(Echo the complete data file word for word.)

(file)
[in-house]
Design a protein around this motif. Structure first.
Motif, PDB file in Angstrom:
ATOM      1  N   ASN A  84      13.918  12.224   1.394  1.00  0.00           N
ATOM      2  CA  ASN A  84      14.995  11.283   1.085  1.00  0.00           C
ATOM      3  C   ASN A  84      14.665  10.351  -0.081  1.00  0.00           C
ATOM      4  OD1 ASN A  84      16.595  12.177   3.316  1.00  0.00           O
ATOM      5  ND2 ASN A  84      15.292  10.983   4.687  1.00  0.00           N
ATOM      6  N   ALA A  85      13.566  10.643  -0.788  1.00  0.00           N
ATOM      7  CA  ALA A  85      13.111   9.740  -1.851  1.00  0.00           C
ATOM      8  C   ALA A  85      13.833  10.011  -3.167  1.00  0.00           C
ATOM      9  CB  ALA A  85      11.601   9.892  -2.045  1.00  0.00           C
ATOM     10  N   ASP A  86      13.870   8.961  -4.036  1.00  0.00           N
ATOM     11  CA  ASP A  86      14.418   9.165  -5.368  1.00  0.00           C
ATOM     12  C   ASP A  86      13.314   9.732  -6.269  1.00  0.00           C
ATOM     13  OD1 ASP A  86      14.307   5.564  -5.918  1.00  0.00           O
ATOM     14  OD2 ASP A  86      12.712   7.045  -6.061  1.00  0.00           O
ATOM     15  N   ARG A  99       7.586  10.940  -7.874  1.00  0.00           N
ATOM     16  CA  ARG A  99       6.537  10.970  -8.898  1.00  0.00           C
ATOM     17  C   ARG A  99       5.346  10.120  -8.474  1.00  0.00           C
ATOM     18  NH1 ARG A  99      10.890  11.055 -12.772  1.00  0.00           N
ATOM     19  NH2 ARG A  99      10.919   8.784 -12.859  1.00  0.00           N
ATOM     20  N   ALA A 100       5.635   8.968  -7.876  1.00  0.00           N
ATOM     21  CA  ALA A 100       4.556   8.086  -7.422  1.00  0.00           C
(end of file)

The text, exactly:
[in-house]
Design a protein around this motif. Structure first.
Motif, PDB file in Angstrom:
ATOM      1  N   ASN A  84      13.918  12.224   1.394  1.00  0.00           N
ATOM      2  CA  ASN A  84      14.995  11.283   1.085  1.00  0.00           C
ATOM      3  C   ASN A  84      14.665  10.351  -0.081  1.00  0.00           C
ATOM      4  OD1 ASN A  84      16.595  12.177   3.316  1.00  0.00           O
ATOM      5  ND2 ASN A  84      15.292  10.983   4.687  1.00  0.00           N
ATOM      6  N   ALA A  85      13.566  10.643  -0.788  1.00  0.00           N
ATOM      7  CA  ALA A  85      13.111   9.740  -1.851  1.00  0.00           C
ATOM      8  C   ALA A  85      13.833  10.011  -3.167  1.00  0.00           C
ATOM      9  CB  ALA A  85      11.601   9.892  -2.045  1.00  0.00           C
ATOM     10  N   ASP A  86      13.870   8.961  -4.036  1.00  0.00           N
ATOM     11  CA  ASP A  86      14.418   9.165  -5.368  1.00  0.00           C
ATOM     12  C   ASP A  86      13.314   9.732  -6.269  1.00  0.00           C
ATOM     13  OD1 ASP A  86      14.307   5.564  -5.918  1.00  0.00           O
ATOM     14  OD2 ASP A  86      12.712   7.045  -6.061  1.00  0.00           O
ATOM     15  N   ARG A  99       7.586  10.940  -7.874  1.00  0.00           N
ATOM     16  CA  ARG A  99       6.537  10.970  -8.898  1.00  0.00           C
ATOM     17  C   ARG A  99       5.346  10.120  -8.474  1.00  0.00           C
ATOM     18  NH1 ARG A  99      10.890  11.055 -12.772  1.00  0.00           N
ATOM     19  NH2 ARG A  99      10.919   8.784 -12.859  1.00  0.00           N
ATOM     20  N   ALA A 100       5.635   8.968  -7.876  1.00  0.00           N
ATOM     21  CA  ALA A 100       4.556   8.086  -7.422  1.00  0.00           C